BMW M140i Finale says bye to rear-drive six-pot


BMW is bidding farewell to the formula of a six-cylinder, rear-wheel drive 1 Series with the launch of the M140i Finale edition, which will forever be the last to use this 'traditional' Bavarian setup. Since the next hot 1 Series model is set to adopt all-wheel drive and four-cylinder power, a controversial move that will align it more closely with rivals such as the Mercedes-AMG A35, the M140i Finale is here to close the chapter on the M division's tail-happy hot hatch.

Announced first for Australia, the Finale gets extra standard kit to entice buyers towards its 340hp form. Included as standard are a set of Orbit Grey 18-inch wheels, gloss black kidney grilles and darkened lights at the front and rear. The exhaust tailpipes are finished in black chrome to match, while metallic paint is standard.

Inside, there's wireless phone charging and the additional storage package, which provides more compartments to hold your things - handy when you're exercising the inline six up front - and the roof has an electric sunroof. That all comes on top of the regular kit list of the M140i, which includes top-spec infotainment, leather upholstery and keyless entry.


The car's main ingredients, that twin-scroll turbocharged 3.0-litre engine and accompanying rear-wheel drive hardware, remain unchanged, although the Finale only comes with an eight-speed automatic gearbox, meaning it just misses out on being the ultimate hero-spec 1 Series. We'd hope that a final edition of M140i for Britain would offer three-pedals as standard to really give the car a proper send-off. BMW UK's press office told PH that so far there's no mention as to whether we'll get one, though.

Either way, the next 1 Series is due to be launched later this year using front-wheel drive underpinnings that are shared with the 2 Series Active Tourer and Mini models. That means the powertrains under its bonnets will rotate 90 degrees into a space-saving transverse position, triggering the shift to multi-plate-clutch-enabled all-wheel drive for the following high-performance model.

The successor to the M140i is expected to be called the M130ix, which explains its use of a turbocharged 2.0-litre engine and two driven axles, and it could produce something in the region of 300hp. That's a significant power drop, but expect real-world pace for the next car to be at least as fast thanks to the additional traction on offer and steps forward in chassis development. No doubt it'll be a very effective machine.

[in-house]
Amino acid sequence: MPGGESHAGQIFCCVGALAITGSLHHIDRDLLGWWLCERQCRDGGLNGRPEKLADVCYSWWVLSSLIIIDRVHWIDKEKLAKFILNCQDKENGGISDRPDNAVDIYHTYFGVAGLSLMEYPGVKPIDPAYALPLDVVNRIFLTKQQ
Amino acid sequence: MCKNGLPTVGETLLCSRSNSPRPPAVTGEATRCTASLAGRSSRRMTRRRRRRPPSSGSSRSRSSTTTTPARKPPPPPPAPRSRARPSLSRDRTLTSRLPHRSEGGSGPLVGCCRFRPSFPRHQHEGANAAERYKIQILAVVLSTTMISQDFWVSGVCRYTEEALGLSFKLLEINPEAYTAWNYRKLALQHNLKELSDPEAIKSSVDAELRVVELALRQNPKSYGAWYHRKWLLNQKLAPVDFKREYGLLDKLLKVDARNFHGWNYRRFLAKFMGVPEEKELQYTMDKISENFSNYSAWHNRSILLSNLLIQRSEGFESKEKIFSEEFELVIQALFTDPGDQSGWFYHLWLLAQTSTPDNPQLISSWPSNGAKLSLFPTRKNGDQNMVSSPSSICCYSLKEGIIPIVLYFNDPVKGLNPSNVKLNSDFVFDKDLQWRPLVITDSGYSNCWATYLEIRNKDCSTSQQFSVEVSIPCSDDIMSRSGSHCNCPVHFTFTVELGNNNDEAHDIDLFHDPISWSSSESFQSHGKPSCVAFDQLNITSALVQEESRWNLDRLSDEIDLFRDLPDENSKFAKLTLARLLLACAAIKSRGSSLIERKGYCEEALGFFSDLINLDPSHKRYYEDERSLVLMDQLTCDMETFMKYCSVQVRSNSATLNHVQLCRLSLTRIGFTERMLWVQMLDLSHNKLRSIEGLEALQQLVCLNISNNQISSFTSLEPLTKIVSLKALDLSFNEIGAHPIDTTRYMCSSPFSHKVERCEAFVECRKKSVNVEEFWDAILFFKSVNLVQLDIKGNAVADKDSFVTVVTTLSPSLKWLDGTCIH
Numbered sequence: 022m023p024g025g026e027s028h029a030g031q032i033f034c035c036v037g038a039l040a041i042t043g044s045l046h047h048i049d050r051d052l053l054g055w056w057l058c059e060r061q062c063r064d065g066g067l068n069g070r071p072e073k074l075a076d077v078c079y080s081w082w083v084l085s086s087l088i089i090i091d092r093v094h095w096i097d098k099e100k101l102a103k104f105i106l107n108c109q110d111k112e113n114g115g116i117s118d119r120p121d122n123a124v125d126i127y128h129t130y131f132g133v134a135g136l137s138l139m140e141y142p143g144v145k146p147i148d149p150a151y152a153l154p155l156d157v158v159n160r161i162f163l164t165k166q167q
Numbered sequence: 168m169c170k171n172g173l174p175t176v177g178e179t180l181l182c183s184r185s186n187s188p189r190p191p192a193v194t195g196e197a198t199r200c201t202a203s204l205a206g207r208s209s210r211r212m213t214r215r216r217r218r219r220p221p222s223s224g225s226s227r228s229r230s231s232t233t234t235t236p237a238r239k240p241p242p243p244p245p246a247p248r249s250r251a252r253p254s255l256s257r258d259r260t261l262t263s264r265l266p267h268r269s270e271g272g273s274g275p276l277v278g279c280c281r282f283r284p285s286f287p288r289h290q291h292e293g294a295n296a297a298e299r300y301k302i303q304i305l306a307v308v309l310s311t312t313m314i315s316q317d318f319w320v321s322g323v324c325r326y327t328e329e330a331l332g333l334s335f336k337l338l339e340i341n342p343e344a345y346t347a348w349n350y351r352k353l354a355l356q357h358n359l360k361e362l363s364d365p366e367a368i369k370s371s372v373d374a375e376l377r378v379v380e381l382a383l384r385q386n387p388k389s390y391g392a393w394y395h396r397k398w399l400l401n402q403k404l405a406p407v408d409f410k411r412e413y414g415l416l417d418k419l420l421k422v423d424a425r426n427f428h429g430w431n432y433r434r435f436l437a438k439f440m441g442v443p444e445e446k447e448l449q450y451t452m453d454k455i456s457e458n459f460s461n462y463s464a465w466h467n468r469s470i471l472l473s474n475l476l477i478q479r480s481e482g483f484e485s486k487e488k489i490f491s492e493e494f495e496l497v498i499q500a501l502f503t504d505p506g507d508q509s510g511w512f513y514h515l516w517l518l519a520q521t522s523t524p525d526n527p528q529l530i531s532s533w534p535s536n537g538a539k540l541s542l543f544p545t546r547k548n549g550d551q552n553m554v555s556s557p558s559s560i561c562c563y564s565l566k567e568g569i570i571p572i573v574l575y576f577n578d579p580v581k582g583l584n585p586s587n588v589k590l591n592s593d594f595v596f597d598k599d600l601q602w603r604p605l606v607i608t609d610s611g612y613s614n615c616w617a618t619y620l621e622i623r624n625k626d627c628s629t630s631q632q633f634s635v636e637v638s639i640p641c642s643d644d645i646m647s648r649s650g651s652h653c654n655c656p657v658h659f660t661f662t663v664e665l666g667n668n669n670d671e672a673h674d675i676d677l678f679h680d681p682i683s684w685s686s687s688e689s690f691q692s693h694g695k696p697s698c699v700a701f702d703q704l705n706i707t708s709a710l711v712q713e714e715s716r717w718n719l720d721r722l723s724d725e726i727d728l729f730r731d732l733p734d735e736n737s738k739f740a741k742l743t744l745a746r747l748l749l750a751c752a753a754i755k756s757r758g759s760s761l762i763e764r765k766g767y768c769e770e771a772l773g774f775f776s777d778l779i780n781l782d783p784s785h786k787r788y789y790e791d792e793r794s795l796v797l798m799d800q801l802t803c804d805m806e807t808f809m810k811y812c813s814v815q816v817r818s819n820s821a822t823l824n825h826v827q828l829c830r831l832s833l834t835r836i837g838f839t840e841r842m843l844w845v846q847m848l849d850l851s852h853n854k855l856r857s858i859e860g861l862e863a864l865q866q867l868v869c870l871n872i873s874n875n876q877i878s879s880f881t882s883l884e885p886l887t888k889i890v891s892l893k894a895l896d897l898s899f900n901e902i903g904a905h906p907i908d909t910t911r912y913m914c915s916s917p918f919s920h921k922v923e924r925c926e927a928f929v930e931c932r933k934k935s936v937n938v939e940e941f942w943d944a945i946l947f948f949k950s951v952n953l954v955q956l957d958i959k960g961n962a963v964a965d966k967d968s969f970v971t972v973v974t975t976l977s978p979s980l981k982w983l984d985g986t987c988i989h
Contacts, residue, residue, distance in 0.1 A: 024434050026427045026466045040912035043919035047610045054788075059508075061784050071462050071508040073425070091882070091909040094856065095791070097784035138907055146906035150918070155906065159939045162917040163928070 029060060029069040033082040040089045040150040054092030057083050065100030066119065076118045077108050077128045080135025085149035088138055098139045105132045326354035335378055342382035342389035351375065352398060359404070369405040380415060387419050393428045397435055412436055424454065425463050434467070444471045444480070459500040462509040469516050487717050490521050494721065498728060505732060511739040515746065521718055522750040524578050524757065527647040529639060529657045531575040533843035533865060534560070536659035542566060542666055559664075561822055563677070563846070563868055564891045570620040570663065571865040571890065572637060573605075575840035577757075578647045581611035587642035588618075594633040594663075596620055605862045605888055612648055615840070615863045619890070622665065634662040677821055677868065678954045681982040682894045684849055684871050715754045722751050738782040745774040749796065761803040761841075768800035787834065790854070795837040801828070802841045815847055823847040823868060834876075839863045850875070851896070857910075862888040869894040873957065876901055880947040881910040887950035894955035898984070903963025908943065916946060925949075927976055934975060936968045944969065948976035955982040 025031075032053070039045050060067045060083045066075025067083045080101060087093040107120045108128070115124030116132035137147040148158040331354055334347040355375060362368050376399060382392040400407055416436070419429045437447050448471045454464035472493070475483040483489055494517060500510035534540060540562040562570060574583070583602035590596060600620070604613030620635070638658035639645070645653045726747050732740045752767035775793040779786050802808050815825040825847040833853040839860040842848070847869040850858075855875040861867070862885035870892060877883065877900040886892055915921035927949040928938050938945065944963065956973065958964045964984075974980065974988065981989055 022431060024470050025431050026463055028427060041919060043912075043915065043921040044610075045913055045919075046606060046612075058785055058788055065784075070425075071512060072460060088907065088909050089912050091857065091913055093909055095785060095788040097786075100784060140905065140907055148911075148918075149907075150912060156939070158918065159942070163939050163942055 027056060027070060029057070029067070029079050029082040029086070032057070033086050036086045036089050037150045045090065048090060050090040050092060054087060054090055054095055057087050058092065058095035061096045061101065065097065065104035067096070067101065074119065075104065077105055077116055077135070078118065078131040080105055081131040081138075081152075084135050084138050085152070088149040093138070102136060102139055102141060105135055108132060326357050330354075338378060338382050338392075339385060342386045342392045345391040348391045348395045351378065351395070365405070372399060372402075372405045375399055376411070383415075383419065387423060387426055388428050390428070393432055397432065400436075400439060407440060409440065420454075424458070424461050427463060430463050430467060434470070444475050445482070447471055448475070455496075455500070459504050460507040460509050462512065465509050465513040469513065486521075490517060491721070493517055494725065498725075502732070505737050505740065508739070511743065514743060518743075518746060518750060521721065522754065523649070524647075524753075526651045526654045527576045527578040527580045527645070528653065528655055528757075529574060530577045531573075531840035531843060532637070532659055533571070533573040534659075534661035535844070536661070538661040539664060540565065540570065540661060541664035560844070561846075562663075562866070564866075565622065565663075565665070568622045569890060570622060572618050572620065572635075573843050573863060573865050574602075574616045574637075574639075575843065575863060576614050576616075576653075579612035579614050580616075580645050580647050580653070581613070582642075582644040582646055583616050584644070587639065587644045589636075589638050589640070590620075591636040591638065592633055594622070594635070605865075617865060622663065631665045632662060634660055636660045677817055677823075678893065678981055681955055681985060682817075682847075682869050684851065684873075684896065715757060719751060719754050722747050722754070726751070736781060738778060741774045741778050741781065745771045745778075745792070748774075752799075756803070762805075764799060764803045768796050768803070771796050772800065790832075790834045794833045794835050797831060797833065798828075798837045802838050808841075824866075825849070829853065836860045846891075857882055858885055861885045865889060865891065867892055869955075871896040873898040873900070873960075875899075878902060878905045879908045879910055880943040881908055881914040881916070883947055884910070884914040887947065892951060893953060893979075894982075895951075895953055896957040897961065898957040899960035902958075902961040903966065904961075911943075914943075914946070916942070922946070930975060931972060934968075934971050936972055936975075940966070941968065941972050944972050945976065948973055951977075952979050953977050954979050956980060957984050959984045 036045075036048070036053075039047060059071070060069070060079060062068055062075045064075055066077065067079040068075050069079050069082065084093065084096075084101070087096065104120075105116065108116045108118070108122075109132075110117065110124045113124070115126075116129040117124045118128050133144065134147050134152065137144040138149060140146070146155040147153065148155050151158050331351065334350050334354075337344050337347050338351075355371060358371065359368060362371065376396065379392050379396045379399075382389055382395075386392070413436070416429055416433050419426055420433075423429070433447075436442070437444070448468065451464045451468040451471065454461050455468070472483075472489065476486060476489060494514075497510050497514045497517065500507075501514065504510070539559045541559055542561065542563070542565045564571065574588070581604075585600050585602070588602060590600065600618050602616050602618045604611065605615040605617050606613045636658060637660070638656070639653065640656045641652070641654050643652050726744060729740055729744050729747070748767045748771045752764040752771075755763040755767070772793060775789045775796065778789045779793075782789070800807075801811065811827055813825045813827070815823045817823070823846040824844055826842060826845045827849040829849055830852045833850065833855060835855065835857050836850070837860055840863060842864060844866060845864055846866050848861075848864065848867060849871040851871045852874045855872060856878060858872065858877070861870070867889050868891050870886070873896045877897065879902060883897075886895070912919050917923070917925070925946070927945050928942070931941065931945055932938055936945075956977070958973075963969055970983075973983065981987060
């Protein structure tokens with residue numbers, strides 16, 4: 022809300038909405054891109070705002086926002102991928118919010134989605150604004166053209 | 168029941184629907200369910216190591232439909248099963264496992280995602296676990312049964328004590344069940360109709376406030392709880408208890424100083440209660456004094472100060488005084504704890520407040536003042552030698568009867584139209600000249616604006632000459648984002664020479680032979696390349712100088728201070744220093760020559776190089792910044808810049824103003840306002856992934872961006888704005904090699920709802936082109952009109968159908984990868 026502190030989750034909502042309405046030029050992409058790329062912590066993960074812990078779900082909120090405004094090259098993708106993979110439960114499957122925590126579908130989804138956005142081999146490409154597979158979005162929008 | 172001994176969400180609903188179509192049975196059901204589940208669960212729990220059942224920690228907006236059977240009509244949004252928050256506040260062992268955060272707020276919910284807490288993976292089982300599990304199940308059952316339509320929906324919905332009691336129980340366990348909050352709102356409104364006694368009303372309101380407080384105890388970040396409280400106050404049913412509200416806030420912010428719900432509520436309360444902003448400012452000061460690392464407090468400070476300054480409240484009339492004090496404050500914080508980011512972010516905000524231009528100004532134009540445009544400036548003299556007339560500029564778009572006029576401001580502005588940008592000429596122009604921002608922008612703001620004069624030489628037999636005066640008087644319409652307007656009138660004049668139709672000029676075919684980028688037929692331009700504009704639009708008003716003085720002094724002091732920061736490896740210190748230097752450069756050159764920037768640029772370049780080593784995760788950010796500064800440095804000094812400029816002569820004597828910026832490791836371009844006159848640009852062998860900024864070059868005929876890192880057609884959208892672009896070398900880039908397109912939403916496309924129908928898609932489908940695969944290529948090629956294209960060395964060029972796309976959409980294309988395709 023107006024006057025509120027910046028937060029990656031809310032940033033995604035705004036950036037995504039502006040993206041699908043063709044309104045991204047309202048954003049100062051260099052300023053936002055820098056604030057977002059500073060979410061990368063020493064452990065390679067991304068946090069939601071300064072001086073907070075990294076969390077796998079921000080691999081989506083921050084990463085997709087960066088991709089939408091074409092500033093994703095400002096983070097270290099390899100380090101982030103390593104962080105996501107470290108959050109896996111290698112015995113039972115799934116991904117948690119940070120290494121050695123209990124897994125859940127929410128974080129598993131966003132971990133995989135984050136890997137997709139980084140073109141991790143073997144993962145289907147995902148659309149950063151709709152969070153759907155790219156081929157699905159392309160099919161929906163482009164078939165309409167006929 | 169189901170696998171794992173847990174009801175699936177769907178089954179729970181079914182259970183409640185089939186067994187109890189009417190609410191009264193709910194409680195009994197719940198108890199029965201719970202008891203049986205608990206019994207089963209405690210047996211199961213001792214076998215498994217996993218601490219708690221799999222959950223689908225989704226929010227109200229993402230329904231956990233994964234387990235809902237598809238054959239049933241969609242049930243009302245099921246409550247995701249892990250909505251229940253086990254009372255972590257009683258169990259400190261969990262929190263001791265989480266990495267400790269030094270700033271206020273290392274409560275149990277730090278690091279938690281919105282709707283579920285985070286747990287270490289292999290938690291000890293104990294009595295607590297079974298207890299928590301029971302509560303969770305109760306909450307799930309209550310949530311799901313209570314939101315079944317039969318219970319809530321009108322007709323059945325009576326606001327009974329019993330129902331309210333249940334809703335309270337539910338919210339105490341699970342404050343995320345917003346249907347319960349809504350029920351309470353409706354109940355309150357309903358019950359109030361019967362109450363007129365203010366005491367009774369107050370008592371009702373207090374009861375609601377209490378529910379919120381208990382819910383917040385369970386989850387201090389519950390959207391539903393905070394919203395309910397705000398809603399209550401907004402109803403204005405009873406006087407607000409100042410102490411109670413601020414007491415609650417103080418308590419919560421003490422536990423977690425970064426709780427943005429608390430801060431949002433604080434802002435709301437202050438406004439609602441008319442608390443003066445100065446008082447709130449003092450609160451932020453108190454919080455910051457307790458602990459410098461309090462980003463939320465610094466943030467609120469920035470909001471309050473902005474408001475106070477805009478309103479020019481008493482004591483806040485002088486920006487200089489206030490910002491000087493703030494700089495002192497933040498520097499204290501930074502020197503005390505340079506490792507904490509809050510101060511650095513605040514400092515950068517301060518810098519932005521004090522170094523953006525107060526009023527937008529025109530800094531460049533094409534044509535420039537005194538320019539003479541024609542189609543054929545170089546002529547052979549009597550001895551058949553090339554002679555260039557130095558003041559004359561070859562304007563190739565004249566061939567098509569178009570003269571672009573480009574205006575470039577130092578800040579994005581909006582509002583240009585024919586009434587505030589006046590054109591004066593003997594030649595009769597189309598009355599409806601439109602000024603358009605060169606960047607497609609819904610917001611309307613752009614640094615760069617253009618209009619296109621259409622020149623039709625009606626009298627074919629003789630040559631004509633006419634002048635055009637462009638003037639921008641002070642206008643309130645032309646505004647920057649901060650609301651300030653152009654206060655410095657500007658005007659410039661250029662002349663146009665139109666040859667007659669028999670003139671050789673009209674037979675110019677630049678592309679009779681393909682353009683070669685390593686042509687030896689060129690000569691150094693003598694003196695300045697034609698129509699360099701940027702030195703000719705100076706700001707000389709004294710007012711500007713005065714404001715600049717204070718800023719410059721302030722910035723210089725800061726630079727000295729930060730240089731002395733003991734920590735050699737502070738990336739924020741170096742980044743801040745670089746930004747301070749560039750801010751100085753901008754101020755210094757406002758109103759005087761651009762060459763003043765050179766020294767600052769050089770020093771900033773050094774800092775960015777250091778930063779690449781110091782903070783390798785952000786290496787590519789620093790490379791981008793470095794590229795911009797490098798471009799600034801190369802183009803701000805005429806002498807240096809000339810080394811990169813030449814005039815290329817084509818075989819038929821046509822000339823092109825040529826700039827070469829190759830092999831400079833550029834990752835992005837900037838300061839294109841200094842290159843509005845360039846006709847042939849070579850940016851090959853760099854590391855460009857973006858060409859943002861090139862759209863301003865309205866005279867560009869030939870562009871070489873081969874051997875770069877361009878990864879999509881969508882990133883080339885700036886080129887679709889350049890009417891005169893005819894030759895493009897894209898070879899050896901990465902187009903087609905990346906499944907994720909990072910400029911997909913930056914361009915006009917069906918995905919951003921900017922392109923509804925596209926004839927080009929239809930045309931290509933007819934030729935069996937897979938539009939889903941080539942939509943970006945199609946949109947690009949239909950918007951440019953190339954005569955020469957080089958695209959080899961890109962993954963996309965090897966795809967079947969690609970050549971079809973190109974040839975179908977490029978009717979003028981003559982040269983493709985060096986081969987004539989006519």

But for those of us who prioritise driving dynamics above outright pace, it looks as though the outgoing rear-drive M140i will remain a peach of the 1 Series lineage. Sure, it's not been without its faults, but it's hard not to fall for the engine's silky smooth charms and its eagerness to over-rotate those back wheels.

So as news that the formula is to so drastically change with the successor spreads, expect demand for used examples to rise accordingly. It doesn't seem far-fetched to suggest that second hand prices for the whole family of M-fettled 1s, including the M135i and perhaps even the preceding 135i M Sport, will be boosted as people realise this is the end of the line for rear-drive 1 Serieses. If you're thinking about buying an M'd 1, you might not want to wait too long...

P.H. O'meter

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Comments (245) Join the discussion on the forum

  • cmoose 11 Feb 2019

    article said:
    the Finale only comes with an eight-speed automatic gearbox, meaning it just misses out on being the ultimate hero-spec 1 Series. Still, that's probably a reflection of the two markets it's currently confirmed for; we'd hope that a final edition of M140i for Britain would retain three-pedals as standard. BMW UK's press office told PH that so far there's no mention as to whether we'll get one, though.
    Seems unlikely given the US generally takes more manuals of this type of car, not fewer. Which is why cars like the E60 and F10 M5 were offered with a manual option in the US but not in the UK - or anywhere else for that matter.

    When it comes to driver's cars, the US is more into manual than the UK.

  • RocketRabbit 11 Feb 2019

    Instead of badgering on about a manual box (yawn), why not the inclusion of a slipper diff - far more valuable.

  • Numeric 11 Feb 2019

    There is a moment when you hook it up out of a roundabout and the rear squats down, the 6 pot howls and the whole car just feels alive. 4x4 will be quicker but I shall miss that sense of 'getting it right' that only a car of this ilk can give you (which with my skill is very seldom, making it even more engaging)

    One other thought - the current car doesn't exactly take prisoners, frankly it is almost as wayward as the original 323i at times, so taming it is also a real pleasure - something to get a thrill from, rather than just going ever faster with unlimited grip from all those differentials. Hi Hunny I survived my commute can take on new meaning!

  • cerb4.5lee 11 Feb 2019

    I hope the new 1 series is a little bit easier on the eyes than this one has been. It is a shame that the 6 cylinder RWD set up is going, and this car had a lot of fans on here.

  • cmoose 11 Feb 2019

    RocketRabbit said:
    Instead of badgering on about a manual box (yawn), why not the inclusion of a slipper diff - far more valuable.
    Says you. I wouldn't remotely agree. I'd have both given the option. But if I could only choose one, the manual box is going to make a big difference to the driving experience all the time. The diff is more niche in its impact on the experience.

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